"I've been twisting gender stereotypes around for 24 years," Dowd responded. She said nobody had objected to her use of similar images about men over seven presidential campaigns. . . . "From the time I began writing about politics," Dowd said, "I have always played with gender stereotypes and mined them and twisted them to force the reader to be conscious of how differently we view the sexes." Now, she said, "you are asking me to treat Hillary differently than I've treated the male candidates all these years, with kid gloves."
—New York Times columnist Maureen Dowd, responding to charges of sexist coverage of Hillary Clinton in the column of Times public editor Clark Hoyt (6/22/08)
When liberals denigrate the president as a "boy" or as a "sissy," to quote Maureen Dowd, homophobia doesn't lurk far behind.
—Andrew Sullivan, Salon (10/25/02)
In her January 18 New York Times column, Maureen Dowd decided that the best way to criticize the Democratic Party was to feminize it. Calling Al Gore and John Kerry “girlie men” and equating the Democrats with "Desperate Housewives," she argued that the Democrats do not have enough fight in them and their attacks will never yield success "as long as they’re perceived as the party in skirts."
Dowd may be right to observe that political power structures echo gender ones . . . but she is wrong to accept these structures without challenge or critique. Working through a lens that still sees women in skirts, afraid of power or action, Dowd is a key player in the GOP's "gender games," and her column inadvertently suggests that tough guys with guns are the best political model, no matter how much she says to the contrary.
—Lauren Pruneski, Campus Progress (1/24/06)
NYT columnist Maureen Dowd often disparages male political figures by comparing them to women. For example, in a 11/01/05 column, to show how despicable she thought Cheney and his cronies were, she said that they were "catty," a "Mean Girls cabal" and "hawkish Heathers" who "clawed out Colin Powell's eyes."
—Ann Bartow, Feminist Law Professors (2/9/06)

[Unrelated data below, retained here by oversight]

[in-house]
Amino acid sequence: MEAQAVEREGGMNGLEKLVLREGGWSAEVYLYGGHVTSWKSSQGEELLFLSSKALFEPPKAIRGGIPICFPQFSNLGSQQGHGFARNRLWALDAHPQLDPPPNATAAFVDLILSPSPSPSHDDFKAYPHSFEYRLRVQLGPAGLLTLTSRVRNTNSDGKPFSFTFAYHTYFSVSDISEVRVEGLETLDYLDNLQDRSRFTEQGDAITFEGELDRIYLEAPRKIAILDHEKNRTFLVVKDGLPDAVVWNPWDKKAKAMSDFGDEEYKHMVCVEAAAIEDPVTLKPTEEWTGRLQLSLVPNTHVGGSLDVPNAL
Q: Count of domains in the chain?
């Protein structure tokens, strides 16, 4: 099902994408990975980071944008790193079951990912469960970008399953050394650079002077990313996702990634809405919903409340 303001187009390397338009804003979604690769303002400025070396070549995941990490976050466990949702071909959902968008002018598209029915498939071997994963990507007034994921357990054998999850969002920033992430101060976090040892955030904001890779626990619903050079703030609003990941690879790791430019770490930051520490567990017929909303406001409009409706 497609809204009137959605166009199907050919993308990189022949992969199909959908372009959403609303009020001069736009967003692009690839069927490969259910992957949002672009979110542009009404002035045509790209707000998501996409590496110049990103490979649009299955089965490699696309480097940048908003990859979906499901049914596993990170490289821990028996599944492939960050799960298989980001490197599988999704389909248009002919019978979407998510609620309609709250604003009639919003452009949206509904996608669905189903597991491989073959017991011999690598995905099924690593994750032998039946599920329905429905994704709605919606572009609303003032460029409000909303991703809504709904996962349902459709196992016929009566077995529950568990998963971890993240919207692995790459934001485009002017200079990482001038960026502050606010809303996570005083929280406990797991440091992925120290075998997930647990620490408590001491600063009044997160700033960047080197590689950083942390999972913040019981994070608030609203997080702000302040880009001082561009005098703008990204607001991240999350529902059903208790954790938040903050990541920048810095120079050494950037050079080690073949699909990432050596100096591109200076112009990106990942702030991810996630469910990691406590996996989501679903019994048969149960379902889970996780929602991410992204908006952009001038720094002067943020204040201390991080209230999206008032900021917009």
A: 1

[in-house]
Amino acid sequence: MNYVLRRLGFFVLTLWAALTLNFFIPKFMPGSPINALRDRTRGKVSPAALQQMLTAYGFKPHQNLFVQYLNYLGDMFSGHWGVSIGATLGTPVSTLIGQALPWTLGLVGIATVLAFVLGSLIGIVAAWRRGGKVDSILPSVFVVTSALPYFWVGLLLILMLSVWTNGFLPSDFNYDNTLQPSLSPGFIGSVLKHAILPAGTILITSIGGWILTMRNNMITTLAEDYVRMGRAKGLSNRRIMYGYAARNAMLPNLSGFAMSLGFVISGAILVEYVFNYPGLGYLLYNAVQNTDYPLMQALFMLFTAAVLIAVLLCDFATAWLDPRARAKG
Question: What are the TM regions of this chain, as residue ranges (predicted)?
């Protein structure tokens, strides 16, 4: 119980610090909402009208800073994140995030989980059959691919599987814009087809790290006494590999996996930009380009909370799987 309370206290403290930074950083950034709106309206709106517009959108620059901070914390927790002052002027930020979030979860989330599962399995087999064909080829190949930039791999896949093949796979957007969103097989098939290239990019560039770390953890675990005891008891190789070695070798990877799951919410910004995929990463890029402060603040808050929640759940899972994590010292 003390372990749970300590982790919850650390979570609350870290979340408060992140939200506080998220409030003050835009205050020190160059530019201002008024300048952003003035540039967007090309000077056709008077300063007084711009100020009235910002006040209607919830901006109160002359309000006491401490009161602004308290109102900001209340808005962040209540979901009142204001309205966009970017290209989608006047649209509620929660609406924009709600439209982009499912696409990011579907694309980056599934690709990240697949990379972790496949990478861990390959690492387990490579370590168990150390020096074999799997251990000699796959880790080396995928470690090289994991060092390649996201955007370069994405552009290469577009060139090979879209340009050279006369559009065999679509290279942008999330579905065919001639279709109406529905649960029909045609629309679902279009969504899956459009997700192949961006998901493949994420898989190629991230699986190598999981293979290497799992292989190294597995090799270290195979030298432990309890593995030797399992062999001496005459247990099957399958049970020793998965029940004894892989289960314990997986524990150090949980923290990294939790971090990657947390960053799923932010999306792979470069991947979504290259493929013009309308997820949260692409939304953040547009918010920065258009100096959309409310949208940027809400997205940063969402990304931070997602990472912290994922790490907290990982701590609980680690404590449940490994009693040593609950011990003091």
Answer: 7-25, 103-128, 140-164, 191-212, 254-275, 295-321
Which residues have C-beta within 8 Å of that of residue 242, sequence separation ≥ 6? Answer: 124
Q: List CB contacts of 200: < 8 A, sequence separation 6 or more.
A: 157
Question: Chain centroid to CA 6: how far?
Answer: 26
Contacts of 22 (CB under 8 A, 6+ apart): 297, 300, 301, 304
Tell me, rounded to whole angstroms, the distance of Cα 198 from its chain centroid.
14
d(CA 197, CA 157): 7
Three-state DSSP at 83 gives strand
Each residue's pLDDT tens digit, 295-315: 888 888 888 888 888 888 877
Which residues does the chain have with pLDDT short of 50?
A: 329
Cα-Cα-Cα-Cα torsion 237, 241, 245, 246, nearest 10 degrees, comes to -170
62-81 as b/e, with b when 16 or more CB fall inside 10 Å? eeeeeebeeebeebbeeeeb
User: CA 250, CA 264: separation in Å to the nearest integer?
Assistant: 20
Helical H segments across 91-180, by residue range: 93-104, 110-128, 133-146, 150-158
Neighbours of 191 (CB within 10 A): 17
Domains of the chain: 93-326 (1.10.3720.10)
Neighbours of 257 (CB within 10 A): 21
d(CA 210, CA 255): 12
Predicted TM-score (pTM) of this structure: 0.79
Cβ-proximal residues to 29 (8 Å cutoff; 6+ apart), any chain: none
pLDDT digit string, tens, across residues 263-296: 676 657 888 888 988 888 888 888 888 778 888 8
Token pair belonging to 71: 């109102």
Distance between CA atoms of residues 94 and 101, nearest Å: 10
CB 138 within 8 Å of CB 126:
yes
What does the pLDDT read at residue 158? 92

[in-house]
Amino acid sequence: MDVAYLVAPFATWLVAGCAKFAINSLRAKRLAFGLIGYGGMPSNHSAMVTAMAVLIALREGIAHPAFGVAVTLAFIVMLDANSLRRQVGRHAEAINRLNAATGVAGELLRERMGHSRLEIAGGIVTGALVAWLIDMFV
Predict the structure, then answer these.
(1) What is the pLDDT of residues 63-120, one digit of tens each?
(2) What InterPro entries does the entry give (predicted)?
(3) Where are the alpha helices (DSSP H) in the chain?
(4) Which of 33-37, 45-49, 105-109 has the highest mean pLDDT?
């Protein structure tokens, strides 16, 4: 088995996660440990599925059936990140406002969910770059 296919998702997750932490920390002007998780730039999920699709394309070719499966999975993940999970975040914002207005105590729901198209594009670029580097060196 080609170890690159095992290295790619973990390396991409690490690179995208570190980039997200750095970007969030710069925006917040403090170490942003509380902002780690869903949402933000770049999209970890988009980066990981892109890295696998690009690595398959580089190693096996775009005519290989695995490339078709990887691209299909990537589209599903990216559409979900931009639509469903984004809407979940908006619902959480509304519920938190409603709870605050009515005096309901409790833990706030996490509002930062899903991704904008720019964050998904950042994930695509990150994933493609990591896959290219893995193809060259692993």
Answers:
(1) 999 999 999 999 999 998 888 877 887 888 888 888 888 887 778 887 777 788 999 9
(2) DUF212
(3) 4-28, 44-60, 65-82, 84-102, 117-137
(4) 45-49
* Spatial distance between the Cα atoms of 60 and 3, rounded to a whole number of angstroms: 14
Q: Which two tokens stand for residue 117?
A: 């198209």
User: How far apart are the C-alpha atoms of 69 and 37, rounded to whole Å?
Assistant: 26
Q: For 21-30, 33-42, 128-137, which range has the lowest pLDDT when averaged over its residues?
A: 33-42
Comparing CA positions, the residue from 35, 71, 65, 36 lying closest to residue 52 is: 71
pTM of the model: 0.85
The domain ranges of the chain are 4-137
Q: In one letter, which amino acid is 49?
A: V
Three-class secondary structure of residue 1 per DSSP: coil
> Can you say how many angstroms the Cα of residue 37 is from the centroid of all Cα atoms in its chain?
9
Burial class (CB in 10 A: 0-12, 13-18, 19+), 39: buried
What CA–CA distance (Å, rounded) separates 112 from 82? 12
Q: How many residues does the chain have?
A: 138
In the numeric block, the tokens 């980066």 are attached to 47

If the point of the stories about Edwards' wealth is to delegitimize his arguments on behalf of the poor, the haircut obsession is designed to feminize the candidate and thereby undermine his credentials as macho-man for president—which are, by the way, those deemed to be the most important by the media. . . . Maureen Dowd use[s] the term "Breck Girl." . . . Dowd also accuses Obama of preening like a "46-year-old virgin," demonstrating "loose" body language and being "hung up on being seen as thoughtful," while secretly fearing “being seen as 'a dumb blond.'" Still, it's a kind of progress over her Gore coverage.
—Eric Alterman, the Nation (9/13/07)
In March 2004, New York Times columnist Maureen Dowd highlighted the "Breck Girl" label as an example of the "nasty Republican habit of portraying opponents as less than fully masculine." Still, it’s a habit she can’t kick: She has used the phrase "Breck Girl" four times in three columns since then—not to mention countless other occasions when she has compared Barack Obama to Scarlett O’Hara or called him "Obambi" or otherwise indulged her own "nasty habit."
—Media Matters (3/9/07)
I'm still puzzled that Maureen Dowd devoted so many words in her Sunday column to informing readers that she was a messy eater and a fan of good ol' American BBQ sauce before launching into a discussion of Obama and his staffers' latest alleged problem: appearing "effete and vaguely foreign—the same unflattering light that doomed Michael Dukakis and John Kerry."
She doesn't tell us that Obama looks wiry and is chomping gum to ward off cigarette cravings—that wouldn't fit her stereotype.
—Christina Larson, Washington Monthly (3/10/08)
Back in March, Dowd's Obama was "effete." Today, she goes for something more vivid, likening him to a "diffident debutante."
Not yet up to Al Gore is "practically lactating" snuff. But give her time.
—Liz Cox Barrett, Columbia Journalism Review (5/14/08)
Dowd is such a credulous audience for backlash propaganda it doesn't occur to her that she is promoting, not reporting, the problem she describes.
—Katha Pollitt, the Nation (11/10/05)
Maureen Dowd makes me lose faith in journalism. Apparently, I work in a field in which writing pseudo-intellectual gender- and machismo-based nonsense that isn't particularly funny, witty or amusing, and which includes no actual reporting, doesn't get you fired. It gets you eight more years in the most hallowed space the industry offers.
—Jonathan Stein, Mother Jones blog (11/19/07)